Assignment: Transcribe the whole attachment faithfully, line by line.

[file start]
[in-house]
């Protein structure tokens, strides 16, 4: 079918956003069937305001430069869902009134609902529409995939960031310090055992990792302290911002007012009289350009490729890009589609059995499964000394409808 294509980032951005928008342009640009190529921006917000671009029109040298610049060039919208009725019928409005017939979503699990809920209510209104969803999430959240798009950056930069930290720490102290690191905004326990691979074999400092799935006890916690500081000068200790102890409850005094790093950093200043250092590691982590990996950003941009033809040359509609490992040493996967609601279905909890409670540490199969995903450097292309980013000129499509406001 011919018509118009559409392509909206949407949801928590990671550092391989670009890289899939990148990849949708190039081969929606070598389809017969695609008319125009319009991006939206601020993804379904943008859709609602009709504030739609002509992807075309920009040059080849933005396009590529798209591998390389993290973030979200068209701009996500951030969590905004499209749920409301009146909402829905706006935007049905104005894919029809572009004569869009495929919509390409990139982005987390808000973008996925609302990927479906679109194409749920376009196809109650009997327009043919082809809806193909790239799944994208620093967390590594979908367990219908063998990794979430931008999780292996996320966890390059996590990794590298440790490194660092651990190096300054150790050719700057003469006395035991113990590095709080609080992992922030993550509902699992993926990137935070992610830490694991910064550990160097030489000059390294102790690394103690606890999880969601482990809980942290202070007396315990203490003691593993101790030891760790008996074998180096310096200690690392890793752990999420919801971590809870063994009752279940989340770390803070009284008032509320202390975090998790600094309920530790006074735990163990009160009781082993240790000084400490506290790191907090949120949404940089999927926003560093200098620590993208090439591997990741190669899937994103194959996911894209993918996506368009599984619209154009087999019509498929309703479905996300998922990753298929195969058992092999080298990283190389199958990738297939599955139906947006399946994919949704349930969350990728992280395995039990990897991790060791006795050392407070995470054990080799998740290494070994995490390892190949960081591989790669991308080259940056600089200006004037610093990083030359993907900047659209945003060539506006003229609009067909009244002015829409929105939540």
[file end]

[in-house]
């Protein structure tokens, strides 16, 4: 079918956003069937305001430069869902009134609902529409995939960031310090055992990792302290911002007012009289350009490729890009589609059995499964000394409808 294509980032951005928008342009640009190529921006917000671009029109040298610049060039919208009725019928409005017939979503699990809920209510209104969803999430959240798009950056930069930290720490102290690191905004326990691979074999400092799935006890916690500081000068200790102890409850005094790093950093200043250092590691982590990996950003941009033809040359509609490992040493996967609601279905909890409670540490199969995903450097292309980013000129499509406001 011919018509118009559409392509909206949407949801928590990671550092391989670009890289899939990148990849949708190039081969929606070598389809017969695609008319125009319009991006939206601020993804379904943008859709609602009709504030739609002509992807075309920009040059080849933005396009590529798209591998390389993290973030979200068209701009996500951030969590905004499209749920409301009146909402829905706006935007049905104005894919029809572009004569869009495929919509390409990139982005987390808000973008996925609302990927479906679109194409749920376009196809109650009997327009043919082809809806193909790239799944994208620093967390590594979908367990219908063998990794979430931008999780292996996320966890390059996590990794590298440790490194660092651990190096300054150790050719700057003469006395035991113990590095709080609080992992922030993550509902699992993926990137935070992610830490694991910064550990160097030489000059390294102790690394103690606890999880969601482990809980942290202070007396315990203490003691593993101790030891760790008996074998180096310096200690690392890793752990999420919801971590809870063994009752279940989340770390803070009284008032509320202390975090998790600094309920530790006074735990163990009160009781082993240790000084400490506290790191907090949120949404940089999927926003560093200098620590993208090439591997990741190669899937994103194959996911894209993918996506368009599984619209154009087999019509498929309703479905996300998922990753298929195969058992092999080298990283190389199958990738297939599955139906947006399946994919949704349930969350990728992280395995039990990897991790060791006795050392407070995470054990080799998740290494070994995490390892190949960081591989790669991308080259940056600089200006004037610093990083030359993907900047659209945003060539506006003229609009067909009244002015829409929105939540």